<– Part 198 – May 5, 1918 | Part 199 – May 12, 1918 | Part 200 – May 19, 1918

The Romanian Prime Minister signing the treaty

Romanian territorial concessions. Dobruja, in blue, to Bulgaria. Green jointly governed by the Central Powers. Orange/Yellow Bessarabia, and Purple to Austria-Hungary, giving them passes through the Carpathian Mountains.

Following Romania’s isolation from the other Entente Powers due to Russia’s withdrawal from the war, coupled with the stalemate of the last few years, the Treaty of Bucharest was signed May 7 between Romania and the Central Powers. Romania gave up portions of land (see map), her oil wells must be leased to Germany for 90 years, and German civil servants are able to veto all Romanian cabinet decisions and fire any Romanian civil servant. In return, Romania’s Union with Bessarabia is recognized. The Bessarabian region of Russia had declared independence at the start of the February Revolution as the Moldavian Democratic Republic. Last month, her government voted for a Union with Romania, fearing a total annexation, but recognizing the need for alliance.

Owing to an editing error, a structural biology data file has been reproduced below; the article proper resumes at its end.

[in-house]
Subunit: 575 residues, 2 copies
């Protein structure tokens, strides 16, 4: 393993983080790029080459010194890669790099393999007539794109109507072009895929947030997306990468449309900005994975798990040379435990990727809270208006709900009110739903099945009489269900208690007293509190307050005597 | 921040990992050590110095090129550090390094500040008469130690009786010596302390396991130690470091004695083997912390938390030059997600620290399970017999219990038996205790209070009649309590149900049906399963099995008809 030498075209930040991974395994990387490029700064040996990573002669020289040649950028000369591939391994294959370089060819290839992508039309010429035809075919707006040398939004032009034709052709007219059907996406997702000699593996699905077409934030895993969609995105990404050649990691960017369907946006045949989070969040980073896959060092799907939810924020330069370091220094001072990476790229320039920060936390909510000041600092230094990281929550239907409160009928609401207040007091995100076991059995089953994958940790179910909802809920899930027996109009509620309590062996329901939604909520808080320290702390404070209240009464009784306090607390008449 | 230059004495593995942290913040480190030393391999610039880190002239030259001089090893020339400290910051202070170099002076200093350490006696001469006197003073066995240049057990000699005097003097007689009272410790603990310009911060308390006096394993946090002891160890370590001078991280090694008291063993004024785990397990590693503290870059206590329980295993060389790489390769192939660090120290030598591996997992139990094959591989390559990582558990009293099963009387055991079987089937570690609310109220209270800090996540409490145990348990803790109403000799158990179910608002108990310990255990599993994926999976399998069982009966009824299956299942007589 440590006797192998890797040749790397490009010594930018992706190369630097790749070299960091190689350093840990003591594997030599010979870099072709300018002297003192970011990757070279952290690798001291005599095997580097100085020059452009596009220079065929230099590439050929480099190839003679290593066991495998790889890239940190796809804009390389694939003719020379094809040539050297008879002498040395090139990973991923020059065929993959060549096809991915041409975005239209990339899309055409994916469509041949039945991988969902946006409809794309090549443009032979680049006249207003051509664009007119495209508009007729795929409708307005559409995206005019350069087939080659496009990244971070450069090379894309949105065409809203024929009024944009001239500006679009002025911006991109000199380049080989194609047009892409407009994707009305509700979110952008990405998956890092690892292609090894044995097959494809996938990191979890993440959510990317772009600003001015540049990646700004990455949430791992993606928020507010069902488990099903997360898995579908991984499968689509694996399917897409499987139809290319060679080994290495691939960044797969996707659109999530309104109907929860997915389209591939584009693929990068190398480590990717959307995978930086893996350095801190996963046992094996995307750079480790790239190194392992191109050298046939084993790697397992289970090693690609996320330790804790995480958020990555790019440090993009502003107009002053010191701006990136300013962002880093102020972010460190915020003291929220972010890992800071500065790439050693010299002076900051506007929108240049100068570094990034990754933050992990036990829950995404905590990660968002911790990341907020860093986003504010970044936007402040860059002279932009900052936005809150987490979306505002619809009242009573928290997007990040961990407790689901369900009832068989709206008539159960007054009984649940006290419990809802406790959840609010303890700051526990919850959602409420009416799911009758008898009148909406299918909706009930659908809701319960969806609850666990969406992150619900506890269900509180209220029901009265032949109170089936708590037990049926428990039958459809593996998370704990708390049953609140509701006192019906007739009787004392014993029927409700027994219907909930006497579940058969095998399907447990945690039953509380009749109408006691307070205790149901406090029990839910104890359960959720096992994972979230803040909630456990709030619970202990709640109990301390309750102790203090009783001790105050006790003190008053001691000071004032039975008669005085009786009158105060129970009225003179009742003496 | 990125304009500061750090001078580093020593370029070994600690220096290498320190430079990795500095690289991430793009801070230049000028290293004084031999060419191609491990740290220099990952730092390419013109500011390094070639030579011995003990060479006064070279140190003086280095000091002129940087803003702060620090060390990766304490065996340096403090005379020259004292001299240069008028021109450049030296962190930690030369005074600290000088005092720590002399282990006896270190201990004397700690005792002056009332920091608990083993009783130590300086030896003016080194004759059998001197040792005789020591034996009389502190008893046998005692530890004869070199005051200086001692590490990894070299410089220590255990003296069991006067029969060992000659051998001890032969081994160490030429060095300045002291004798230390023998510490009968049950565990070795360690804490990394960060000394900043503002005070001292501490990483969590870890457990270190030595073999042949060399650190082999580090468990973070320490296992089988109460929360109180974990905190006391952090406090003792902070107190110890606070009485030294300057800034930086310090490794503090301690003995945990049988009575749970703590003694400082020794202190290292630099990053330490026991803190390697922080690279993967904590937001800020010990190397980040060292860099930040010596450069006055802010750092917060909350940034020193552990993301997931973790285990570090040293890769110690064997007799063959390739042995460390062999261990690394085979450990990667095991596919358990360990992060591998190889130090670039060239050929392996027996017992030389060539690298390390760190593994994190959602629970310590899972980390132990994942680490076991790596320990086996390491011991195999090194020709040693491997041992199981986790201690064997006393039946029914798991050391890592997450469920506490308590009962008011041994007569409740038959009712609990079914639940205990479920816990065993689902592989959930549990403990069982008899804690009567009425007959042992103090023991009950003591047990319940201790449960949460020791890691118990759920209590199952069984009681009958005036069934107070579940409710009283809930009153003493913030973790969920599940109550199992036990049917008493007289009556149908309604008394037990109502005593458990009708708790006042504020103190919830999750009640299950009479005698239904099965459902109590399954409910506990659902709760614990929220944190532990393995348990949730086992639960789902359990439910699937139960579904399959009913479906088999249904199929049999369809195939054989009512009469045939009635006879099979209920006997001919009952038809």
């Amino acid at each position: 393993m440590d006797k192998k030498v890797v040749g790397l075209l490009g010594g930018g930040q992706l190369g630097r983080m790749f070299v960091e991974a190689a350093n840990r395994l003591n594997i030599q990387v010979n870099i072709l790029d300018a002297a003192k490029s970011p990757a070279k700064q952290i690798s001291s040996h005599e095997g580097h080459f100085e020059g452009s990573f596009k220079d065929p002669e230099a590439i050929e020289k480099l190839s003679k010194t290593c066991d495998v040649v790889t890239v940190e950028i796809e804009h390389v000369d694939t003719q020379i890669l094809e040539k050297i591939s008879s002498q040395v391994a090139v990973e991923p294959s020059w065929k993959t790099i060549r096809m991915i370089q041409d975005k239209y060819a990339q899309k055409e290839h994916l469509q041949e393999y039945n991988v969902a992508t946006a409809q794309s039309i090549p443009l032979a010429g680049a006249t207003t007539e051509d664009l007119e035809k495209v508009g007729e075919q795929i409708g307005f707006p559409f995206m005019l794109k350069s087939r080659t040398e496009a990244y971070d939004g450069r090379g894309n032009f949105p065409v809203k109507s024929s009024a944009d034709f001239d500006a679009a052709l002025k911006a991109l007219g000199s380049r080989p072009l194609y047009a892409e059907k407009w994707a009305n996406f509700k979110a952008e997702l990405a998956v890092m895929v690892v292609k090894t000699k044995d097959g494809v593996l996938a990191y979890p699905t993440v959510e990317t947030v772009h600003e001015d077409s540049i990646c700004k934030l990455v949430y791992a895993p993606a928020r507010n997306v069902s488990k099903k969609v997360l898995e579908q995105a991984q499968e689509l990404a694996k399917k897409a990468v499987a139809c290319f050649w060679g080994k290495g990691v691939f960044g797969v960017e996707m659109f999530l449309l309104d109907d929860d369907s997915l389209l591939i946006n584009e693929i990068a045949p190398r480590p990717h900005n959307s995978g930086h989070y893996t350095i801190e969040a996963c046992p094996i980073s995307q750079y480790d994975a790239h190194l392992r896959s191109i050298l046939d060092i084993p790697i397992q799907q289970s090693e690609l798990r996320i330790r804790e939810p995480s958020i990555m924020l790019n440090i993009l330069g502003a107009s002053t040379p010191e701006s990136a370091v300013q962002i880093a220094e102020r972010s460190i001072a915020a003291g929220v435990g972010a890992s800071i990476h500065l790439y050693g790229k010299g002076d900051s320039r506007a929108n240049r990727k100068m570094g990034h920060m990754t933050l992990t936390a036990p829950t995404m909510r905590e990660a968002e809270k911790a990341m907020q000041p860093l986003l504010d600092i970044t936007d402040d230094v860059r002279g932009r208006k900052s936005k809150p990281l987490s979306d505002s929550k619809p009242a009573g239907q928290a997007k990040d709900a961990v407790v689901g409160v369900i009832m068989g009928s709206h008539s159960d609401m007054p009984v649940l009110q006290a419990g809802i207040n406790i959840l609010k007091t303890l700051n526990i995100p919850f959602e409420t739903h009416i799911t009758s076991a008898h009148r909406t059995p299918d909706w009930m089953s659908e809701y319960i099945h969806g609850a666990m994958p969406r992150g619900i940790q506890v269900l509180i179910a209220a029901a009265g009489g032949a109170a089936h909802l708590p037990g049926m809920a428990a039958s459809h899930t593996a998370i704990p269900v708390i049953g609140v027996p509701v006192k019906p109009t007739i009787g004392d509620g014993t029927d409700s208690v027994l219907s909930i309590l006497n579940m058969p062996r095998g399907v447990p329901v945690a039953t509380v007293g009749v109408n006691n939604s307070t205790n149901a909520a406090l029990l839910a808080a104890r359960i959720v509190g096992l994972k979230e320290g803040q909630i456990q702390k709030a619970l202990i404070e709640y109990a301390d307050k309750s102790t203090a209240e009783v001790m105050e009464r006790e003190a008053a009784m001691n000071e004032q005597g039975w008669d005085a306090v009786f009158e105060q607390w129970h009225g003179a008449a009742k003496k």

On May 8, another Central American power declared war on Germany and Austria-Hungaria: Nicaragua.

The Polish II Corps in Russia was ordered to camp near Kaniów, Ukraine, by the Regency Council – a German and Austro-Hungarian-appointed semi-independent government of Partitioned Poland. The II Corps is comprised of elements of the Austria-Hungarian army who deserted after the Treaty of Brest-

Austria-Hungary signing the treaty

Litovsk with Russia removed the possibility of an independent Poland. These Poles joined up with Polish elements of the Imperial Russian Army and refused to engage in hostilities. After camping, they were quickly surrounded by German forces, who ordered them to surrender. They refused and prepared for battle, surprising the Germans, who quickly told them the ultimatum was a mistake (and then prepared for reinforcements). Once the German reinforcements arrived, the 12,000 Germans attacked the 8,000 Poles on the night of May 10. Brutal fighting continued until the evening of May 11, when the Germans proposed a ceasefire, accepted by the Poles. Approximately half the surviving Poles were captured, though the rest escaped. Polish casualties were 1,000, with another 3,250 captured, while the Germans suffered 1,500 casualties. The Polish commander was able to fake his death and flee to France.

Battle of Kaniow


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